Ian Rogers, the CEO of Beats Music when the company was bought by Apple last May, unexpectedly quit, the Financial Times reports.
Rogers led development of the Beats 1 radio service for Apple Music. He hired Zane Lowe to head the various shows and curated playlists. Rogers is reported to be moving to a company in an unrelated industry in Europe.
While that might seem shocking, given that Rogers has spent the last 20 years working with streaming music and was clearly passionate about the launch of Beats 1 radio, it’s actually a common pattern in tech acquisitions, analyst Rob Enderle told the Inquisitr.
“Top executives from small companies that are acquired rarely stay long at large firms. They like the independence of the smaller company and often do poorly with the often hostile competitive politics of the bigger firm. I expect he is doing another startup now in stealth mode because that’s what he likes.”
In a personal blog post after Apple’s launch of the Beat 1 music service, Rogers wrote, “In 1993 I was a Computer Science student at Indiana University when Dr Fenske gave me an opportunity to put my studies together with my love, music. He set me off writing an app on NeXTSTEP to stream music (wav) from one part of the campus to another. I’ve been streaming music ever since.”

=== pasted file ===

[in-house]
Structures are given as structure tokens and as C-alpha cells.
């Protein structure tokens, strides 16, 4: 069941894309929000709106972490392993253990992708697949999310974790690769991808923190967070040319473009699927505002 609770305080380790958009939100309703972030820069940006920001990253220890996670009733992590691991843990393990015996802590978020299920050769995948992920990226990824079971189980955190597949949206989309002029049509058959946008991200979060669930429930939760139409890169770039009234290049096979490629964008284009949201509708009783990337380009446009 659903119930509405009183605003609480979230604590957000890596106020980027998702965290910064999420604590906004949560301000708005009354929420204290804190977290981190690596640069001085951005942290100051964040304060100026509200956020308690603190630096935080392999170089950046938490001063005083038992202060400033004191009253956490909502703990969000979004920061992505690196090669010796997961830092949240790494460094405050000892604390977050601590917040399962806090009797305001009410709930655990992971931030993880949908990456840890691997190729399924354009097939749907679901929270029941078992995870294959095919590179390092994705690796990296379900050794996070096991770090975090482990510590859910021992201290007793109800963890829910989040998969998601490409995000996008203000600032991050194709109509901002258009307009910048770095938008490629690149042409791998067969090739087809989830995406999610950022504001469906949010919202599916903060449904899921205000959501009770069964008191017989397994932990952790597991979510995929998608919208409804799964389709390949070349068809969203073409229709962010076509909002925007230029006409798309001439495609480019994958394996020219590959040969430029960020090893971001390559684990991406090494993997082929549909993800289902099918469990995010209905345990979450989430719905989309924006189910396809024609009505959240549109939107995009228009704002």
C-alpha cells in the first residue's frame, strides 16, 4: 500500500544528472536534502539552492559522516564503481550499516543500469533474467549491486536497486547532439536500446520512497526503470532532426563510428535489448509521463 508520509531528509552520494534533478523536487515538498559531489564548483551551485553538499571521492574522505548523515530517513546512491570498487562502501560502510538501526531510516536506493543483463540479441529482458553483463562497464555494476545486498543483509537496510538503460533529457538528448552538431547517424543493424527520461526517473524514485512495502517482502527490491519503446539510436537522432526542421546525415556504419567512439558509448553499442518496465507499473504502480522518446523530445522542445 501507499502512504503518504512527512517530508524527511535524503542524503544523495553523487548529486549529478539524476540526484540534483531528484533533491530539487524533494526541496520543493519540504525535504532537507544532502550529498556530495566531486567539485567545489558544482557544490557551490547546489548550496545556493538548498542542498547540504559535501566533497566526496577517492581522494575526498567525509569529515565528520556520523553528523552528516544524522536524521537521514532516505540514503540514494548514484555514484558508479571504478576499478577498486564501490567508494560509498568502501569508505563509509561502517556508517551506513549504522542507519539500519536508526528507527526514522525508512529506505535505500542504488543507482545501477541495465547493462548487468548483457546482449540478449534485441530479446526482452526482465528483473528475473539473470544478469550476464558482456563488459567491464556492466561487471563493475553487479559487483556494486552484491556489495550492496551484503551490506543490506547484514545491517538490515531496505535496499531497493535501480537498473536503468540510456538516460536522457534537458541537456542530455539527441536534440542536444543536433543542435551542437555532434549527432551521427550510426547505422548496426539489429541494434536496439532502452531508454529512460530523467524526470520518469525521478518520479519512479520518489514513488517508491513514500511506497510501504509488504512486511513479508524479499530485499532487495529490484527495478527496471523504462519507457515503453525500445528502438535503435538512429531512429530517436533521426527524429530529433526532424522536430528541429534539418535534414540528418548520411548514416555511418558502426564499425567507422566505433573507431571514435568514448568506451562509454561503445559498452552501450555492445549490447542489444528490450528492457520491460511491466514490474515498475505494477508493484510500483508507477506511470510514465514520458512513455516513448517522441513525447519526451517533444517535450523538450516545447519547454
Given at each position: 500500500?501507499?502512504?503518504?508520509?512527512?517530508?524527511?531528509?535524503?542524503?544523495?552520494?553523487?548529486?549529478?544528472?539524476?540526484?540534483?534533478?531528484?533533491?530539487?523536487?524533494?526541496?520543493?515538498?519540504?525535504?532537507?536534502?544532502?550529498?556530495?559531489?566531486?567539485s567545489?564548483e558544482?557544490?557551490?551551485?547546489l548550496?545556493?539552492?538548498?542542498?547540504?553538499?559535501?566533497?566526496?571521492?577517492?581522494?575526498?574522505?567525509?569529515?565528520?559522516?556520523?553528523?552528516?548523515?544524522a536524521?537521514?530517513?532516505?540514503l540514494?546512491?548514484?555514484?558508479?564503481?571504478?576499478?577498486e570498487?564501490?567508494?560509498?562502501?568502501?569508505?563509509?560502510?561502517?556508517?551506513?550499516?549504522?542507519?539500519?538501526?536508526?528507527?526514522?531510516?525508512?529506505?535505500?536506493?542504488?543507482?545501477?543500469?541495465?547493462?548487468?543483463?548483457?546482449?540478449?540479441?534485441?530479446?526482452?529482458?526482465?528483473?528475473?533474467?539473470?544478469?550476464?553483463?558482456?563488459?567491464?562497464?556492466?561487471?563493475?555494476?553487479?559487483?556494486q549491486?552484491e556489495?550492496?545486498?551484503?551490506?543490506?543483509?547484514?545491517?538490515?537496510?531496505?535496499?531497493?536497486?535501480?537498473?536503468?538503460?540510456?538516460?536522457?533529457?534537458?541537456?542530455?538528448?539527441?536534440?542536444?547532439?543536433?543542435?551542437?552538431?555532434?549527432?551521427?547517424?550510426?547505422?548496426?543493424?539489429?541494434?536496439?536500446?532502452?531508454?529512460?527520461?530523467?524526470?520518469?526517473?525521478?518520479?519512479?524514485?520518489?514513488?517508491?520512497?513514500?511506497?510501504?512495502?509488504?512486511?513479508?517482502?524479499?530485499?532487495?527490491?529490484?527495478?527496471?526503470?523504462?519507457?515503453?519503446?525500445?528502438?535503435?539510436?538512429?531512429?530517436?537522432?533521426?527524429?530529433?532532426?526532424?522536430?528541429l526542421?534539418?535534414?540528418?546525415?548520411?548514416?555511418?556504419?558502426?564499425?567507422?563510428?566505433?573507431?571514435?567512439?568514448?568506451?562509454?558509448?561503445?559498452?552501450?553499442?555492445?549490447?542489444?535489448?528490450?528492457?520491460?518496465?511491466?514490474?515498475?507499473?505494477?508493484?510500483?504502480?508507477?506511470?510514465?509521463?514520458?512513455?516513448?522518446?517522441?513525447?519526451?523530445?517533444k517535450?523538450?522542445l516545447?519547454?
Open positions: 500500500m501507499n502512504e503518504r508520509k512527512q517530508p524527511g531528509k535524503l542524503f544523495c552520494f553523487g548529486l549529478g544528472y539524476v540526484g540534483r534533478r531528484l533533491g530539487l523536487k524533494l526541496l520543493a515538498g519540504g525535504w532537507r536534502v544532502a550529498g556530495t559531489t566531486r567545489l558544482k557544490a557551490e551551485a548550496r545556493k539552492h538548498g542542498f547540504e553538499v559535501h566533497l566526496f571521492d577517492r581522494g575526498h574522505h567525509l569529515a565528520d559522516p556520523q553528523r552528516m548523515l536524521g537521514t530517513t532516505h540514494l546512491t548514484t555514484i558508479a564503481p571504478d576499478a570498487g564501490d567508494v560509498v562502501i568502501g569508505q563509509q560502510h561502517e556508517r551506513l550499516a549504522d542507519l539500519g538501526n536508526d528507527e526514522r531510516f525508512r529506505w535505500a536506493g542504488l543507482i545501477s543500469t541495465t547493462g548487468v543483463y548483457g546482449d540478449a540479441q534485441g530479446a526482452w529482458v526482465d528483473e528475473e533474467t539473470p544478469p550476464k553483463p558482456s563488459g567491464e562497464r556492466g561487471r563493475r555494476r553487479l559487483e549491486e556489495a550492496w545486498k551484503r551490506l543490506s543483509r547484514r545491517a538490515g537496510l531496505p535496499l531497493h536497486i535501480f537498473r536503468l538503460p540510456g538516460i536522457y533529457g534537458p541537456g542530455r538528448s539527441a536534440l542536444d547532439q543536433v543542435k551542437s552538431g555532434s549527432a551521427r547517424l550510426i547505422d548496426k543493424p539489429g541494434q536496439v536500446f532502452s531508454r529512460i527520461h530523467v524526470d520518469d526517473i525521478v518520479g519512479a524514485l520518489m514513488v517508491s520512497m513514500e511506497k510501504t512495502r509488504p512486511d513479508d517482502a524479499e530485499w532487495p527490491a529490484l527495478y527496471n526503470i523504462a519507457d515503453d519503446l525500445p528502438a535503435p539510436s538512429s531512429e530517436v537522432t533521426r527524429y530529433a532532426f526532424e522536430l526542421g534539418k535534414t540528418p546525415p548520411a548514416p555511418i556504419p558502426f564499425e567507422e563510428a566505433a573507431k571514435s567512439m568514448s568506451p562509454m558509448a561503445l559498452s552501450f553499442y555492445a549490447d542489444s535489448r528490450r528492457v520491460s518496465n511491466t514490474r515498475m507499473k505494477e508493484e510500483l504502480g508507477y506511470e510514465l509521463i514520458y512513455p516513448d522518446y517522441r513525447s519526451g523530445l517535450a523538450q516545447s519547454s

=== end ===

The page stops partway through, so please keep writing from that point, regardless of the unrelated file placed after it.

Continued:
Before and after going to Apple Music, Rogers’ stated that his career was about “giving artists direct access to the people who love their art and more recently building and releasing a human-curated, music-respecting service, Beats Music.”
Rogers started working in the music business back in 1993, when he built websites for the Beasties Boys’ manager John Silva for $8.50 an hour, according to Billboard.
Rogers was the head of Yahoo Music from 2003 to 2008, a $140 million business that ultimately folded, one of the many victims of Yahoo’s never-ending corporate struggles.
In a 2014 interview with Billboard, Rogers emphasized human curation over computer algorithms. Describing Beats Music (now Apple’s Beats 1), Rogers said that while radio’s programming is excellent, it’s narrow.
“We think humans know better than robots about what should come next. We wanted to bring that sensibility to our service, but open it up more broadly. Behind every single one of our recommendations is someone who truly loves the album that’s being recommended.”
A recent study by MusicWatch, a consumer music research company, found that of people who had tried the new Apple Music service, 48 percent had stopped using it.